I could make a down payment on land I find suitable with the help of a loan and affordable payments that I can pay off early but still be years away from paying off the land and even further away from actually having a suitable home structure for shelter.

    Or I could save a little more and purchase a much smaller lot and have no land payment and begin working towards home building.

    Or I could continue to save a more and pay cash for more suitable property but that would further delay acquiring the property.

    Or I could use that money that would pay cash for a lot as a down payment for a home & land but the land would most likely be smaller than desired and the home lacking self sufficiency features.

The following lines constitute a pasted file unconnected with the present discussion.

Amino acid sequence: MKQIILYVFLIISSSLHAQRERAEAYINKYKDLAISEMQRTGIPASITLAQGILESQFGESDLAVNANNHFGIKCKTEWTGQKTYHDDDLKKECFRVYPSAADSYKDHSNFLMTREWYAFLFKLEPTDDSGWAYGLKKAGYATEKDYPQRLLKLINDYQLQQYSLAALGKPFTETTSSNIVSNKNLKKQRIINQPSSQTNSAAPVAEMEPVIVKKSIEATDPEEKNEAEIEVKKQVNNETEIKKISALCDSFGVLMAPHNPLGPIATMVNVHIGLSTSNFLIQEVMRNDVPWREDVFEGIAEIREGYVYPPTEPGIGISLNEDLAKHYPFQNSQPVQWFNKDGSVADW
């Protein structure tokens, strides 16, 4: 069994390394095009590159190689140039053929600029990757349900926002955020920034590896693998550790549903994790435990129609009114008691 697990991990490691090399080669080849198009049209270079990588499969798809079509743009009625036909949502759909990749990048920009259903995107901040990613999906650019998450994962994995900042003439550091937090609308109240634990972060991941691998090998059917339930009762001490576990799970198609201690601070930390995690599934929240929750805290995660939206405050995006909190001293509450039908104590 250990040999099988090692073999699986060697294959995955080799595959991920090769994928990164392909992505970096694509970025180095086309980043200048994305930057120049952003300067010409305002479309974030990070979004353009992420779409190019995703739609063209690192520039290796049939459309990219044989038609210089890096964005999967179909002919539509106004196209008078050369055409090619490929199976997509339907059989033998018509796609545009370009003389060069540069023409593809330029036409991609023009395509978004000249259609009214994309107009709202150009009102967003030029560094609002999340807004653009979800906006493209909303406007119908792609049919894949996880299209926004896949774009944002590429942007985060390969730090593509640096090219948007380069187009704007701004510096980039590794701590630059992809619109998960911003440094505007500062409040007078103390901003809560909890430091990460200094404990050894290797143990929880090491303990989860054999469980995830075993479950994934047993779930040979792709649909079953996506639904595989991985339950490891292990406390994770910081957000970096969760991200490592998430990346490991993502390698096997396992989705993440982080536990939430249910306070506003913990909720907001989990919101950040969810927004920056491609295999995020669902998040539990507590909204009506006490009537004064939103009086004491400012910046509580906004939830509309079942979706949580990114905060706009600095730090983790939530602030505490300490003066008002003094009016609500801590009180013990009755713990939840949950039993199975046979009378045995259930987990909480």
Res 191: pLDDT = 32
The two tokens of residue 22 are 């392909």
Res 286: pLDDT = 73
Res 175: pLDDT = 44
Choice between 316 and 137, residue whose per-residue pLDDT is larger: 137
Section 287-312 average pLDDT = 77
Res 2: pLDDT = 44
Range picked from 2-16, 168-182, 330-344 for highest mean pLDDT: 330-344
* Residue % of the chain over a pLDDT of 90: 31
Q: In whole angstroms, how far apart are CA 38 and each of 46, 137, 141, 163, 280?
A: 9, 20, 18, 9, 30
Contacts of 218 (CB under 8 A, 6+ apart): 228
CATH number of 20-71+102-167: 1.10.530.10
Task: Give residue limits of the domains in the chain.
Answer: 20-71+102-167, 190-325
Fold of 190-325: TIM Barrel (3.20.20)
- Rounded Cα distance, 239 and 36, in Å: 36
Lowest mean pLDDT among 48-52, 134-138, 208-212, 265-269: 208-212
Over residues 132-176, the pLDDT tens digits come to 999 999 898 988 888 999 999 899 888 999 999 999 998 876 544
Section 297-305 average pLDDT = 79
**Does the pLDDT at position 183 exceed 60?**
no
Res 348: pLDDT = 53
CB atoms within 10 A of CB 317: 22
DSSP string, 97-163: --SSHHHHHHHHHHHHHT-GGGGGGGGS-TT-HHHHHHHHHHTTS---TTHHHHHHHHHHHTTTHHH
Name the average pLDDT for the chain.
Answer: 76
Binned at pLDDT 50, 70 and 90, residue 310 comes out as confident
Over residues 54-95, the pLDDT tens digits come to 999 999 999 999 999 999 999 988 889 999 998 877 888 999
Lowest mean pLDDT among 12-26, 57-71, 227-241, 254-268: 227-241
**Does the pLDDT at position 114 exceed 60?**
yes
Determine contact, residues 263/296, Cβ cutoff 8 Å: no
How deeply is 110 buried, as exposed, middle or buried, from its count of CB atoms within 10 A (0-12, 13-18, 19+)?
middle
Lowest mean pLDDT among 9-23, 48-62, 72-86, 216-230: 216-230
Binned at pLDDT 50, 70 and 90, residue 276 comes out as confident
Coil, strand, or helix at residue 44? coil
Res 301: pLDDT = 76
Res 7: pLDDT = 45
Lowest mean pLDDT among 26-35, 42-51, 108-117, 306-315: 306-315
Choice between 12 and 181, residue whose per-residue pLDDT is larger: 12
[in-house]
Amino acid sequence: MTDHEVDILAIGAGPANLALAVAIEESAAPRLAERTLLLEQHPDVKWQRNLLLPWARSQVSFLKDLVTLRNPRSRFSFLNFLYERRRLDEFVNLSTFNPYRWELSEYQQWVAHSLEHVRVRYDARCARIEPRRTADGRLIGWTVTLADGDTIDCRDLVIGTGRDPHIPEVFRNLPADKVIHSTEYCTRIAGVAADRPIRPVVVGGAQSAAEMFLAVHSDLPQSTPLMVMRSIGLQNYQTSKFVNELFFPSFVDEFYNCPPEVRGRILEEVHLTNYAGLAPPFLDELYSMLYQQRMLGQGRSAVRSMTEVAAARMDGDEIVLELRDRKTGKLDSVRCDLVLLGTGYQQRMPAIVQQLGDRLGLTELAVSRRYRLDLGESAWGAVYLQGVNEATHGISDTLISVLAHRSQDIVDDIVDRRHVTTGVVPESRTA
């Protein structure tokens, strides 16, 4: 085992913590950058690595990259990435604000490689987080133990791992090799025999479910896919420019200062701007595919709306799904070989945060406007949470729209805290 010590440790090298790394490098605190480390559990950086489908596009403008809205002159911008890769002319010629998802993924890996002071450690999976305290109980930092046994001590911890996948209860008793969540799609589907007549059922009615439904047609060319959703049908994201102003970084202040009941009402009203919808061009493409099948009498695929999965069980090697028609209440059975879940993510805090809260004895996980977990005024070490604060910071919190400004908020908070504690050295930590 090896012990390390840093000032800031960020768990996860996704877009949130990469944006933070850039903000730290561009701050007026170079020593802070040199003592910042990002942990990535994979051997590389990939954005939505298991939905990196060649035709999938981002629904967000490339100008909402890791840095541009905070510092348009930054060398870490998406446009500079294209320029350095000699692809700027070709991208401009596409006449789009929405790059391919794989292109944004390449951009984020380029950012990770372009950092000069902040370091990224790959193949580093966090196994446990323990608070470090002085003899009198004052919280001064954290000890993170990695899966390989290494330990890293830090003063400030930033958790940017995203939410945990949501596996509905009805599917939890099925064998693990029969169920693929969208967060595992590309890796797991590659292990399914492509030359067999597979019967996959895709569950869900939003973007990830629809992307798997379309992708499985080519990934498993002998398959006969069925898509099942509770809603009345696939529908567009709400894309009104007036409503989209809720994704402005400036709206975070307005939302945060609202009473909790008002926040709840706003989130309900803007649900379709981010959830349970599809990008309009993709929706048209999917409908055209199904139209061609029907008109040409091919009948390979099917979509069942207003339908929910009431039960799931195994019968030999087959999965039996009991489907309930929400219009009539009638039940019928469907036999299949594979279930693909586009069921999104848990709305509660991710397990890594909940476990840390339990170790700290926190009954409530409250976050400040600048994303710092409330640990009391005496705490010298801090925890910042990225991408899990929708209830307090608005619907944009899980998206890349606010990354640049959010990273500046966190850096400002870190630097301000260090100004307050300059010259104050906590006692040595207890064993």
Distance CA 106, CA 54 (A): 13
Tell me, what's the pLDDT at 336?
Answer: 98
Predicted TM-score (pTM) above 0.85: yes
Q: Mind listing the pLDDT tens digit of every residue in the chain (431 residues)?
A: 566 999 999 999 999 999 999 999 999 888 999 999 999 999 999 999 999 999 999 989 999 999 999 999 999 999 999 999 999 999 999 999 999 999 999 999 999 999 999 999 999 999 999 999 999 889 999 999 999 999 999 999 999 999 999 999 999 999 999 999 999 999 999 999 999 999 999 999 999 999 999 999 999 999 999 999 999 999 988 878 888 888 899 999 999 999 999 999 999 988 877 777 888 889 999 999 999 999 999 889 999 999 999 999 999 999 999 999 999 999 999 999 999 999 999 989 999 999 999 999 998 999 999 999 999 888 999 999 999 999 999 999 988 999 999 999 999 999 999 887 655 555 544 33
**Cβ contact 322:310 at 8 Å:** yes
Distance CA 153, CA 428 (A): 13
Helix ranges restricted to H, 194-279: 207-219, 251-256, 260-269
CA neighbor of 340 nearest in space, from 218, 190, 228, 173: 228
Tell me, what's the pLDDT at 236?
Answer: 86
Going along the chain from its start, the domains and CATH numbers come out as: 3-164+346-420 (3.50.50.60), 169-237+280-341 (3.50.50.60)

#3014

    PhilTheBiker
    Moderator

    What you are saying makes complete sense. I wish land ownership was easier. I once found 19 acres of property with a MFG home in the middle of no place PA for $39k. I was about to buy it and then the lady passed away, her kids kept the land. I was pretty upset, how can you go wrong with that type of property. Even has a stream that went through it, I was really excited. Keep your eyes open, you’ll find something!

    #3015

    Cowgirl
    Member

    I currently have 2.5 acres at the edge of a publicly owned forest (there’s good and bad in that). It is very rural and USED to be in commuting distance to my job. That changed!

    I now have a job across the state from where I live. With the current economy, I can’t sell. Eventually, of course, it probably will sell. Meanwhile, I drive (a lot). You do what you have to do, right?